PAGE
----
Main Street is the home of League of NH Craftsmen Nashua Fine Craft Gallery and Twill Fabric & Yarn, which is not just a retail spot for fabric artists and crafters, but also a gathering place for needle craft lovers from near and far.

There’s also music on the street in Nashua. Literally. Brightly decorated pianos have been installed on Main Street. Great American Downtown partnered with North Main Music for the project. To check out all the city’s events sponsored by Great American Downtown including Taste of Downtown, the Annual Chocolate Stroll, the Winter Stroll and the Nu Muse Festival, to name a few, check out downtownnashua.org/live/our-programs.

Let’s talk shopping. On Main Street alone you have Snap! It’s Vintage consignment and antique store; New England Railroad, a real old-fashioned model railway store; Castro’s Back Room, where cigar smokers rule; and Dick Avard’s Haberdashery, where sharp-dressed men have been fitted out for as long as we can remember. Fresh is a casual chic, women’s boutique.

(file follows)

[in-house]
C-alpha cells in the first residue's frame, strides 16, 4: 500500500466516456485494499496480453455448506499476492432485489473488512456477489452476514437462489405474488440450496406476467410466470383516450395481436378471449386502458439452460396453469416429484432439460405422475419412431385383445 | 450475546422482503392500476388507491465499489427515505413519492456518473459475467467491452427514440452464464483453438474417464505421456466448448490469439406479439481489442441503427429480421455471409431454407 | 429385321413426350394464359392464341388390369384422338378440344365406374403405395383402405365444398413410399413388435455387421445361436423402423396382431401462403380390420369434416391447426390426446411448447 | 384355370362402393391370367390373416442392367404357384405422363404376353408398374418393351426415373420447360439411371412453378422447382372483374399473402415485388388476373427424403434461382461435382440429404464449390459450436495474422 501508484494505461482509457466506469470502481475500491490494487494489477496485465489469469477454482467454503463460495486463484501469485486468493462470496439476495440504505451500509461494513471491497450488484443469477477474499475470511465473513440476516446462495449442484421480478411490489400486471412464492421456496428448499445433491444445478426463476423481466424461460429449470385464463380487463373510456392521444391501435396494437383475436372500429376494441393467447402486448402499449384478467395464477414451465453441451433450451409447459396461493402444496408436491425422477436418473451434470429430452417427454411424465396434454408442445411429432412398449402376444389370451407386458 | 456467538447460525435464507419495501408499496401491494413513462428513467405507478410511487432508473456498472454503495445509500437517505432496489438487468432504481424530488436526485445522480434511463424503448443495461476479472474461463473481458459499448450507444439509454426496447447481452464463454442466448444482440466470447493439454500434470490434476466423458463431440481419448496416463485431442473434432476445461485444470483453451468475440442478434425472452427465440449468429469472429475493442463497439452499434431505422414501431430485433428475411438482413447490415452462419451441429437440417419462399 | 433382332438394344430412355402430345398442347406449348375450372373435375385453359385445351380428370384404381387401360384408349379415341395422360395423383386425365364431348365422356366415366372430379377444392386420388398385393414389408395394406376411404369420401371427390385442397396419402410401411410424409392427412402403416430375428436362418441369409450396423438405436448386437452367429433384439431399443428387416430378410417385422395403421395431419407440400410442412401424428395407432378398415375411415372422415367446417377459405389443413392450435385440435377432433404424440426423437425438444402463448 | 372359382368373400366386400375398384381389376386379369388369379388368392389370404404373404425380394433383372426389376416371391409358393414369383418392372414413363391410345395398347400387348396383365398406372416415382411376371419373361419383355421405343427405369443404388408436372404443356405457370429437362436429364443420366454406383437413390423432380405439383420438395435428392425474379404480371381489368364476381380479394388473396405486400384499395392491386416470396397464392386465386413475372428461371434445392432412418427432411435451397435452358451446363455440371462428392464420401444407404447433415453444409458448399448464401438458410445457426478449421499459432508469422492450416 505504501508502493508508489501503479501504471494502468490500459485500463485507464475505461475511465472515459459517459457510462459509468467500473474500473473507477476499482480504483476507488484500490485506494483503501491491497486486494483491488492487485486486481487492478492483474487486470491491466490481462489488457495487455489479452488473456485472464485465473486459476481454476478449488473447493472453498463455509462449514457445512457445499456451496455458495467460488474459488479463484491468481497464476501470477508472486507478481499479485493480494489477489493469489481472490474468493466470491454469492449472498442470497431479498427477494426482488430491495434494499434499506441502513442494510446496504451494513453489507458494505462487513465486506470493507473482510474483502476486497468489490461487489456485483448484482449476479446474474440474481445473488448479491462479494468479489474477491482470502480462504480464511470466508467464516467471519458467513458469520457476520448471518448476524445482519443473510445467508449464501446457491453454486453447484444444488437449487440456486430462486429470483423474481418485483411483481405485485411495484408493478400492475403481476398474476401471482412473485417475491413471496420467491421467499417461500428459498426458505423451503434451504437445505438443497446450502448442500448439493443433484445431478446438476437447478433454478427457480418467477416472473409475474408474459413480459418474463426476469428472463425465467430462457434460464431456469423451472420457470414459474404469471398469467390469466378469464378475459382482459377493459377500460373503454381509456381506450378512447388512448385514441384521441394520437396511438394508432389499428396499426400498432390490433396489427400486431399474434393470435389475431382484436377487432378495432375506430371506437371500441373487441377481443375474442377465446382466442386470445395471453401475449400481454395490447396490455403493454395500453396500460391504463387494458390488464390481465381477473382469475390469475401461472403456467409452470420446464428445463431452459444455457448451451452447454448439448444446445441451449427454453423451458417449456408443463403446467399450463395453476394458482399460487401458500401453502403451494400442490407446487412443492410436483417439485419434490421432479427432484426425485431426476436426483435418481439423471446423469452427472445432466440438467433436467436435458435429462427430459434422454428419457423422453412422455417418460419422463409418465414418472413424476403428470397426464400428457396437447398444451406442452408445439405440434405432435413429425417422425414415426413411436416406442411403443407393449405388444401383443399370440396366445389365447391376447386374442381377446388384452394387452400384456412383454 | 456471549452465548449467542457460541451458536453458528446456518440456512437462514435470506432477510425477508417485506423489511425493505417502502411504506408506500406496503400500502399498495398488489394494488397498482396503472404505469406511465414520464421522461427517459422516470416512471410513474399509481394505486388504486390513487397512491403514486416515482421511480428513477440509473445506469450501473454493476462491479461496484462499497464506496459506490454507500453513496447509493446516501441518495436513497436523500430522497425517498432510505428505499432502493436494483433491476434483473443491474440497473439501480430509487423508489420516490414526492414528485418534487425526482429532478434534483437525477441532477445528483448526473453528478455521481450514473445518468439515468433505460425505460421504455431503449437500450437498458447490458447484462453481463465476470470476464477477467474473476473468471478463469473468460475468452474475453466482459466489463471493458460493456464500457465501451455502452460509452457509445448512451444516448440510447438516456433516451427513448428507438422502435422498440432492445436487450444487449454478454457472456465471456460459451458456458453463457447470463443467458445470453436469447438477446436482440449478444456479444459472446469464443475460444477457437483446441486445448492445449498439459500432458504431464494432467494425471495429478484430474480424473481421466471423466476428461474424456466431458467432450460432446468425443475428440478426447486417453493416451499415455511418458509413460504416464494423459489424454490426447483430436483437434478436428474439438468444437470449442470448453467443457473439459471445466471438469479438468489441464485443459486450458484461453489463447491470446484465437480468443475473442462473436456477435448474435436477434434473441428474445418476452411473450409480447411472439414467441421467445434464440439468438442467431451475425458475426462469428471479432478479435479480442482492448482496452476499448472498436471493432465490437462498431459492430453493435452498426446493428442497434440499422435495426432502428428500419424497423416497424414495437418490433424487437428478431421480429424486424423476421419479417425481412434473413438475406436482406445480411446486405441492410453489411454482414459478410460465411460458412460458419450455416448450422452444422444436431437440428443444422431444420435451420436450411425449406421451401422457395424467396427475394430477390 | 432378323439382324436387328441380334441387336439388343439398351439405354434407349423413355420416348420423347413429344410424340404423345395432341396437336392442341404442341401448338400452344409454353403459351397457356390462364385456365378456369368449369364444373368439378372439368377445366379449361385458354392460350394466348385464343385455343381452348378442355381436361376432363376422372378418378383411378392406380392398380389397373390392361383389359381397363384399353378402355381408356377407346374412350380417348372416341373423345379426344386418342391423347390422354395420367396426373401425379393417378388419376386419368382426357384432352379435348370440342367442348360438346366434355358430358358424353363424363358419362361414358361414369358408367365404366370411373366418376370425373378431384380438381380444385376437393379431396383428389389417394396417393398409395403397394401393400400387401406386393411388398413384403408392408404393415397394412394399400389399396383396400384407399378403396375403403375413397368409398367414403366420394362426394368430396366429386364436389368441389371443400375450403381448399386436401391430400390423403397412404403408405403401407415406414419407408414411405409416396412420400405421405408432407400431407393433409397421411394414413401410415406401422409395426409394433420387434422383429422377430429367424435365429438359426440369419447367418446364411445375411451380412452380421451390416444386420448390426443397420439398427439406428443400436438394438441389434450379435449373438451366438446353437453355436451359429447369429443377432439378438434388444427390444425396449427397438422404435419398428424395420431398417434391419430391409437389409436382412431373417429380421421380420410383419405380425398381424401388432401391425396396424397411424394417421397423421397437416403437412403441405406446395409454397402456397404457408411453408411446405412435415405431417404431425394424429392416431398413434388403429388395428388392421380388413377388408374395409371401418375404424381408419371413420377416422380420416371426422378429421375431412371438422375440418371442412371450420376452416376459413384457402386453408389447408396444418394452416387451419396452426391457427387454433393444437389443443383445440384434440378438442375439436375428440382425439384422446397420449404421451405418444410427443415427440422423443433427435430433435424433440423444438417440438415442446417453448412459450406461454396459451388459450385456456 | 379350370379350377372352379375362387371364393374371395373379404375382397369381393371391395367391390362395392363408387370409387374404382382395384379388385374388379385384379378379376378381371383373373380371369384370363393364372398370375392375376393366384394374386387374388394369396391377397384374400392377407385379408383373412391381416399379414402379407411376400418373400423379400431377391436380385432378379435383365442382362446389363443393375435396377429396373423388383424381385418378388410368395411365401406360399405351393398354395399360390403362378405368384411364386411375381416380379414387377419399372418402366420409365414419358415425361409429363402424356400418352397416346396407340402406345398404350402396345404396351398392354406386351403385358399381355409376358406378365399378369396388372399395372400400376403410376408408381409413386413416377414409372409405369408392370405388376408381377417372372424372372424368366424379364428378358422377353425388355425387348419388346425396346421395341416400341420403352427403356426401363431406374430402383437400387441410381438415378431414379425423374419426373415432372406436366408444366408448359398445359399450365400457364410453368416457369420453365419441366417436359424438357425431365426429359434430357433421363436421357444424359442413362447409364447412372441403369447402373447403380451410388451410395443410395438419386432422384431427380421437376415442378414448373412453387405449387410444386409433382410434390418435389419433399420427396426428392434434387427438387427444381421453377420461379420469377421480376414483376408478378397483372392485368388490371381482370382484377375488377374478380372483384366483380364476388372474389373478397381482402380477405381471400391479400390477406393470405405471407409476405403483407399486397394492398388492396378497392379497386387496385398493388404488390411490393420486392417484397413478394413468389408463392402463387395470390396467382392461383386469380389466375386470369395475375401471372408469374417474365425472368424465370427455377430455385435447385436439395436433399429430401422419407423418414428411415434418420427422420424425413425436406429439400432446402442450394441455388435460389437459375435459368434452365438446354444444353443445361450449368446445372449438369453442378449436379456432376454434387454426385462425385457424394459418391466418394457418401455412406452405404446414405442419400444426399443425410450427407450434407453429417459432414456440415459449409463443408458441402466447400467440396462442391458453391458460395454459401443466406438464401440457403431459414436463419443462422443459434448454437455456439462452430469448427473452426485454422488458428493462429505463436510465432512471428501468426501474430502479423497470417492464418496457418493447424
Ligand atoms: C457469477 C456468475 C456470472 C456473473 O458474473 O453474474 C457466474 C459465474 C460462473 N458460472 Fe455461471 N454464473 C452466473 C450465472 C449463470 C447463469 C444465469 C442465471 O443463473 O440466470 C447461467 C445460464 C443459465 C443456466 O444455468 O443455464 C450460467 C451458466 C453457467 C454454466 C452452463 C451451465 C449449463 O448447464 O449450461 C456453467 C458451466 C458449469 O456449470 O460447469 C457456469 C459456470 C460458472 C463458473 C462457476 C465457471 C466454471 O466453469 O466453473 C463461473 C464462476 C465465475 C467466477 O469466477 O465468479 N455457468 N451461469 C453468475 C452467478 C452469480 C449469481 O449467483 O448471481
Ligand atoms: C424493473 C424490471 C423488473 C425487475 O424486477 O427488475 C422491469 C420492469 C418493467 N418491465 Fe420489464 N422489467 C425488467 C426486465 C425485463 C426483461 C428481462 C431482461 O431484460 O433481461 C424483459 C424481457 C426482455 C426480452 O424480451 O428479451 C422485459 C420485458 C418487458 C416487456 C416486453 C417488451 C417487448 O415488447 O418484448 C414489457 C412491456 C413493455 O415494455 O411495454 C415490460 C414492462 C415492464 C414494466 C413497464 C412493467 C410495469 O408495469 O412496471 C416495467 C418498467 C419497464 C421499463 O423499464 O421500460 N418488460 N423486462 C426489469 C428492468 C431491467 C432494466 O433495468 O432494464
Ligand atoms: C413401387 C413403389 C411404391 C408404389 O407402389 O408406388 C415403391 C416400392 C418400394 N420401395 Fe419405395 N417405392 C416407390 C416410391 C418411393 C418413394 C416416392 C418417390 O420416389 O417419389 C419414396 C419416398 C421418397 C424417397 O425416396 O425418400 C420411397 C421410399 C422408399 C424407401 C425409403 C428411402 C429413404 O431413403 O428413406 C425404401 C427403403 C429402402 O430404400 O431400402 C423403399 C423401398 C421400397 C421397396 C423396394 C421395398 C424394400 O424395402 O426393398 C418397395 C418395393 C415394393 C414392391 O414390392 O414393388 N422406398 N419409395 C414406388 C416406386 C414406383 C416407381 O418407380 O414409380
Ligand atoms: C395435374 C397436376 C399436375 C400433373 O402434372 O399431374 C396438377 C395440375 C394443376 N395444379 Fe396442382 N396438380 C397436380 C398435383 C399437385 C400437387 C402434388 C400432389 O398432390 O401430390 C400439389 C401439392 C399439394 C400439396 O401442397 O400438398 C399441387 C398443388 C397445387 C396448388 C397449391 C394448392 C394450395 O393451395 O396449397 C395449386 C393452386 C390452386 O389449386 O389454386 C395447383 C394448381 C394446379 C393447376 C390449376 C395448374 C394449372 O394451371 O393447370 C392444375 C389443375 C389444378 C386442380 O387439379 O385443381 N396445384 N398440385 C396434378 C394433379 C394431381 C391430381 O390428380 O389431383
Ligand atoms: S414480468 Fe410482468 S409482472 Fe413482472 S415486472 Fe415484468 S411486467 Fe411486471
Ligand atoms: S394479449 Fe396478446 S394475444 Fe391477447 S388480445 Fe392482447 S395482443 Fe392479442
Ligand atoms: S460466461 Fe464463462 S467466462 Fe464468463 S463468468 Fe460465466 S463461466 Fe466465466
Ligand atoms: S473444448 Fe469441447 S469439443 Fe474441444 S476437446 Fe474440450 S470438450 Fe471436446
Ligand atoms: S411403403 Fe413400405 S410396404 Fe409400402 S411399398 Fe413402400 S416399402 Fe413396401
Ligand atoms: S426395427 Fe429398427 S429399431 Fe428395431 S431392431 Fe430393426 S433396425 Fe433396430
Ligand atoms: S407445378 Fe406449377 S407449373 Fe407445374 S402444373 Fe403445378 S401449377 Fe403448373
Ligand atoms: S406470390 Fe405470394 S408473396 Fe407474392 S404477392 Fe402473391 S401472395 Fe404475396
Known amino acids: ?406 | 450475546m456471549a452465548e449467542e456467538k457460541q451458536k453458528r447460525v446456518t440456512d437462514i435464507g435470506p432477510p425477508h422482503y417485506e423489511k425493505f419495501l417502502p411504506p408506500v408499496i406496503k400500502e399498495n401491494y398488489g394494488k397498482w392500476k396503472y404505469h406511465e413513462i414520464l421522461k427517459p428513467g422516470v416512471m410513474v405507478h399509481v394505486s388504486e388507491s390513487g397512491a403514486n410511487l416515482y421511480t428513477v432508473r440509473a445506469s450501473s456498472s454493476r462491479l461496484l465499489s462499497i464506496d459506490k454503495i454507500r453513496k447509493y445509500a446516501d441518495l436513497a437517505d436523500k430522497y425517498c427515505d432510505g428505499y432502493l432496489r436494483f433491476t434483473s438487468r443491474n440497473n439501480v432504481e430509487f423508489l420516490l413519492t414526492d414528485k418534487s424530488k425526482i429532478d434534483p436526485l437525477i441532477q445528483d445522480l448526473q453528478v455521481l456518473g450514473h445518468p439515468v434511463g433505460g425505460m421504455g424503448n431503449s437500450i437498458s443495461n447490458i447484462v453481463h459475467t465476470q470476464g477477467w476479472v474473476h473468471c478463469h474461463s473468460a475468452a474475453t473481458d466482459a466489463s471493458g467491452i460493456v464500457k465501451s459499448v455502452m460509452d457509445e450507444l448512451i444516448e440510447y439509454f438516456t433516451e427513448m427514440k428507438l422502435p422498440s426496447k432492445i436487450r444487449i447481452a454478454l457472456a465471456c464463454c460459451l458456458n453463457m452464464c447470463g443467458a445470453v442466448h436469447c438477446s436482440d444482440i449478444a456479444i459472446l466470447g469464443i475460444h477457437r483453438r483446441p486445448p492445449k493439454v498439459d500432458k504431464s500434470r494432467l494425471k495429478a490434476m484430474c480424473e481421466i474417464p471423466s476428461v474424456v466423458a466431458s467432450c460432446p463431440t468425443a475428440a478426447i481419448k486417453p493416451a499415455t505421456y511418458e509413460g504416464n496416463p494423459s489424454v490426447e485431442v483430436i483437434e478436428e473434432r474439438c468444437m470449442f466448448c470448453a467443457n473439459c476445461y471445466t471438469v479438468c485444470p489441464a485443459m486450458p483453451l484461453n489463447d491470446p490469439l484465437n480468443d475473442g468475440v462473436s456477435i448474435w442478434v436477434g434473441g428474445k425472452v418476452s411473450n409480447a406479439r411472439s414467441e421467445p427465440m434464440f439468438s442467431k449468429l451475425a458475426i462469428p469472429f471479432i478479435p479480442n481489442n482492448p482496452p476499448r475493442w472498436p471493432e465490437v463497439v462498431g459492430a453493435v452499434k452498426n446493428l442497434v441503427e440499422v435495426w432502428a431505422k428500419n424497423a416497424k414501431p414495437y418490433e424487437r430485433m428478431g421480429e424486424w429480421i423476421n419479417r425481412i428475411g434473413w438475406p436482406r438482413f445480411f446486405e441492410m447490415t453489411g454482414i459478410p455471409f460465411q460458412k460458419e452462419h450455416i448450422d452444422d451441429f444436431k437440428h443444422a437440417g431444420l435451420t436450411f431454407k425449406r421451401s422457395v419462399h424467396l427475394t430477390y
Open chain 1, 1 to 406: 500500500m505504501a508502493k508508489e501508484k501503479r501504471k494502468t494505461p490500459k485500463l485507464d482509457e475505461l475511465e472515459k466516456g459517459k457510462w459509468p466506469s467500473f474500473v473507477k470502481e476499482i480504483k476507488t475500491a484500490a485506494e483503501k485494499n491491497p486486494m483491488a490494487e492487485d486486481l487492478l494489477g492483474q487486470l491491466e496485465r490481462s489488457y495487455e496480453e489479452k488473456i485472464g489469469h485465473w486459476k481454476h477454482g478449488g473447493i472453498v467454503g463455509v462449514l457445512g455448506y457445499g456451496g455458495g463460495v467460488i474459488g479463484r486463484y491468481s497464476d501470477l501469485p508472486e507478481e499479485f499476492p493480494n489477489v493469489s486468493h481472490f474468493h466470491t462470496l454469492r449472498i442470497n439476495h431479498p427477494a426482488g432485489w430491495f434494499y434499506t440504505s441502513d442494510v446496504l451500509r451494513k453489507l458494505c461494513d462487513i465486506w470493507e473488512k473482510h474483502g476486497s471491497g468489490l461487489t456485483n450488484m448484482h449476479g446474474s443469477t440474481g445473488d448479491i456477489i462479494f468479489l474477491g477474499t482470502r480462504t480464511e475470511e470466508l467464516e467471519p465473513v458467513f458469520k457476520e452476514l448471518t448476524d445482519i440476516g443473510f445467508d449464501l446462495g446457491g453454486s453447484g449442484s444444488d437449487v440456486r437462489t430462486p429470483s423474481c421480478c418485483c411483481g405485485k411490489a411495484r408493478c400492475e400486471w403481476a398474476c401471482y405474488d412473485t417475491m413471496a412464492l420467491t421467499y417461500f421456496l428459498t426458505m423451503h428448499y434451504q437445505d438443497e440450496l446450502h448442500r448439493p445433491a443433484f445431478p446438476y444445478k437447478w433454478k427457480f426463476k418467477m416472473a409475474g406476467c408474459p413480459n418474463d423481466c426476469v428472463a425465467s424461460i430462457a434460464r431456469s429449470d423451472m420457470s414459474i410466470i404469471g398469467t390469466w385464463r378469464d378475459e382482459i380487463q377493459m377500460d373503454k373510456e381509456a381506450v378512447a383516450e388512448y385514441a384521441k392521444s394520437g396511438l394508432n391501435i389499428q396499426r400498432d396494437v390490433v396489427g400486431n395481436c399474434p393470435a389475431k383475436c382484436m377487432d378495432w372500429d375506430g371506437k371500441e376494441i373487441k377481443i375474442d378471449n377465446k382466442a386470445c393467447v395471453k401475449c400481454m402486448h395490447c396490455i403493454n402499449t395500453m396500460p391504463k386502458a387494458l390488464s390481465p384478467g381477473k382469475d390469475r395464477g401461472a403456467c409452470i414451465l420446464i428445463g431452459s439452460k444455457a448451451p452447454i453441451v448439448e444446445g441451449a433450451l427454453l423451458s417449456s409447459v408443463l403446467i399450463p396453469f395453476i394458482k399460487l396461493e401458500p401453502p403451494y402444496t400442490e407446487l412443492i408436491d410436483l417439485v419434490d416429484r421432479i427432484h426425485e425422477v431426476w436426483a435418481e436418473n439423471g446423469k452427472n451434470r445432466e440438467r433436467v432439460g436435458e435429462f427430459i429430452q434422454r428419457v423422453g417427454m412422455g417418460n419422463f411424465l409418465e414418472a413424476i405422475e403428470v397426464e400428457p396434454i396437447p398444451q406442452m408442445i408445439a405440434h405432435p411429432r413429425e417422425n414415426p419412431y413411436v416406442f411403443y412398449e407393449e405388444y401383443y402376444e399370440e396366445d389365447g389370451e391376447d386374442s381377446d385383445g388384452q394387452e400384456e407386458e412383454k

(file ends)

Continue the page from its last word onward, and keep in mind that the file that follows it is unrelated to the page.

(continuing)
Pompanoosuc Mills sells Vermont-made wooden and upholstered furniture made to order for every room of the house. Wingate’s Pharmacy has been around for more than a century and is the rare drug store that compounds prescriptions on the premises. DesignWares has boutique clothing, jewelry, gifts, cards and wedding invitations.

Cardin Jeweler has been a purveyor of gems and fine jewelry for generations and Scontsas Fine Jewelry and Home Décor has been at it for a long time, too. The Scontsas family has been a fixture on Main Street since the early 1900s.

Around the corner on West Pearl Street is Fortin and Gage Flowers and Gifts, a flower shop with extras and a downtown mainstay for generations, and newer businesses like Tangled Roots Herbal, an herbal and metaphysical retail store. There is also a remnant of the city’s working-class roots – a genuine cobbler’s shop in Gary’s Boot ‘n Shoe Repair on Factory Street.

And SOE (Save Our Earth) on West Pearl is one of several vintage/re-sale stores downtown. There’s also Lucky Dog Thrift Shop on Elm Street, which benefits local families experiencing veterinary emergencies, and the Grey Nuns Thrift Shop on Marshall Street